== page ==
Summer Update

Happy Summer!

It has been a whirlwind of the past 2 months… a few updates

MOVING
1. I moved into a new place with my partner. Moving in is a lot of work. It was not immediately obvious that moving in is a month long process. Unpacking, acquiring furniture, restocking the pantry etc.We are still moving in but mostly done. I think the coffee table was the last major component…

FURNITURE PROJECT
2. I wish I was more DIY, but I suppose this is a start. The coffee table I found from Craigslist was mostly perfect, it raises up so you can dine from it. The only thing that was off was that it was painted black. It would be too much black in the living room so I decided to strip the paint to reveal the natural oak beneath! I still need to finish sanding it and then stain it. Next project is a Kitchen Island!

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3M stripping gel after sitting for 2 hours- I go at it with a Putty knife

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After sanding, coconut oil on one side to see comparison

 

Summer Class
3. Semester long coursework crammed into a 5-week Summer class is challenging. Meeting twice a week was manageable but it was demanding. The Communications class was the last core class for my MPA. Public speaking was fun, very hard to deliver from memory or even extemporaneously. I did reduce the amount of verbal fillers I used like “er”, “like” and “um”. Now on to electives!

Now a great excerpt on digital learning for young learners from this Week’s Marshall memo. With our kindergarten class at the organization I work at using Ipads it is important to have a set of regulations limiting the time these kids are interfacing with tech gadgets. There have not been any major published studies concluding what the effects of digital learning is on young brains.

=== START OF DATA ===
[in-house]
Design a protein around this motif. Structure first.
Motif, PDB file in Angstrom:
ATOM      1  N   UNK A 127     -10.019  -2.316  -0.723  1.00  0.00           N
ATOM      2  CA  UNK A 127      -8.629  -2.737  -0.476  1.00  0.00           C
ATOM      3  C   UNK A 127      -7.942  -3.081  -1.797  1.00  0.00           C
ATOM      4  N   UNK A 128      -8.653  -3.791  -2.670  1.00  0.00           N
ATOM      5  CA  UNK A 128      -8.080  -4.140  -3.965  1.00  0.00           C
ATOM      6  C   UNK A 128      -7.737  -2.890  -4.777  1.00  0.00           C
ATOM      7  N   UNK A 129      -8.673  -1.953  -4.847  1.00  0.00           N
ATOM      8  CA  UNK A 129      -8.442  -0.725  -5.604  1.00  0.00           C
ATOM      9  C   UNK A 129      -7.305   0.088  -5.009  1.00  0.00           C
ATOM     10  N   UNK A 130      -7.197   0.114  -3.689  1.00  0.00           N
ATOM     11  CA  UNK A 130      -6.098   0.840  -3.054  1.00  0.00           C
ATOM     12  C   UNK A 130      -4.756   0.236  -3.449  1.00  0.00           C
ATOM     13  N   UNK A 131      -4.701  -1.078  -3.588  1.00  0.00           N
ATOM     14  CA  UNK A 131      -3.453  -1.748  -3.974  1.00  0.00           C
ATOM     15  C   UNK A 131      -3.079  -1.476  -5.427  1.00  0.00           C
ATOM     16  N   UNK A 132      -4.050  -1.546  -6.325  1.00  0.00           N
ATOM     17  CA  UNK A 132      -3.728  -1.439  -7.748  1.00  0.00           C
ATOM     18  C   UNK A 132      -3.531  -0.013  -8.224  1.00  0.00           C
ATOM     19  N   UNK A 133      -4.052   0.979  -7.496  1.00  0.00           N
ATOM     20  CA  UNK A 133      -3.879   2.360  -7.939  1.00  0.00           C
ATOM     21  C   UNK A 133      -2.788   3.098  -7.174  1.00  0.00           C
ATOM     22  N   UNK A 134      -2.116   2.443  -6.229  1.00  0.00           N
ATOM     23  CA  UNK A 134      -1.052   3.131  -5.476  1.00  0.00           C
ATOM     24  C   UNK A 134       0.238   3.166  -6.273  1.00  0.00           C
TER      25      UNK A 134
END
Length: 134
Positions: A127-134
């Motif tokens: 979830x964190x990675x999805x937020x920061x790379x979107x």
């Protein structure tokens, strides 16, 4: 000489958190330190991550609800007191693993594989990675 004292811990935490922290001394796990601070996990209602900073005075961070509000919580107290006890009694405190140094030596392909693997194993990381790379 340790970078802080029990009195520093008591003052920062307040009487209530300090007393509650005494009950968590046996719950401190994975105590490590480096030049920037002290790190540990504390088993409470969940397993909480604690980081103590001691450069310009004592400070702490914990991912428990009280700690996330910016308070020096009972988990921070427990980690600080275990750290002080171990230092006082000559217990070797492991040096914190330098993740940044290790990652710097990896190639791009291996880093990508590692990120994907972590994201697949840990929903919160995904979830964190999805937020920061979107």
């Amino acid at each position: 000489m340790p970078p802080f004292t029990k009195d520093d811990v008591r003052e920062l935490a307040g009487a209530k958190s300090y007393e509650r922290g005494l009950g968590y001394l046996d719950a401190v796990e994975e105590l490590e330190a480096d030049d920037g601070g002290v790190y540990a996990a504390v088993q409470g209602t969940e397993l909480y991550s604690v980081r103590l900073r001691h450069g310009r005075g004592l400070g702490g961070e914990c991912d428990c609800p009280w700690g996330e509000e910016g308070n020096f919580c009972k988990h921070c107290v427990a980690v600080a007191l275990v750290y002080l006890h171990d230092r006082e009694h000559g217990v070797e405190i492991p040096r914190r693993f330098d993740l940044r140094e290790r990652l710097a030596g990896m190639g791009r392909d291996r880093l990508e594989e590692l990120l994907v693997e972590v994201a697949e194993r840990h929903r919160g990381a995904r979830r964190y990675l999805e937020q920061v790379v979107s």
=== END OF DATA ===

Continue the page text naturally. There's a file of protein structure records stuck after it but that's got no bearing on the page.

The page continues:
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How Much Digital Text Should Young Children Be Reading?

“It’s been a long time since libraries were paper-only domains,” says author Annie Murphy Paul in this article in School Library Journal. “The number of websites, apps, and e-books for children under five has grown exponentially, leading librarians, teachers, and parents to wrestle with new questions about which digital offerings are appropriate and when.” Enthusiastic advocates make the case for exposing children to digital content at a young age, but others caution that the research is scanty and too much technology may “rewire” young brains, making it more difficult for children to pay attention and control their impulses.

“Children under age five need to handle real objects, learning for themselves how the natural world works,” says Paul. “They must move their bodies, coordinating their movements and gaining physical confidence. They should engage in unstructured playtime, exercising their imaginations, managing their emotions, and solving problems in scenarios of their own creation. And, most of all, young children need to interact with other people, navigating relationships with their peers and receiving guidance and support from adults. All of these needs are met most fully in the offline world.” Paul cites research on a number of ways in which digital content can shortchange development:

• Children have difficulty transferring knowledge from one context to another, even if a video portrays people speaking. A flesh-and-blood person can respond to a child’s gestures and words and presents a much richer array of cues than any two-dimensional image.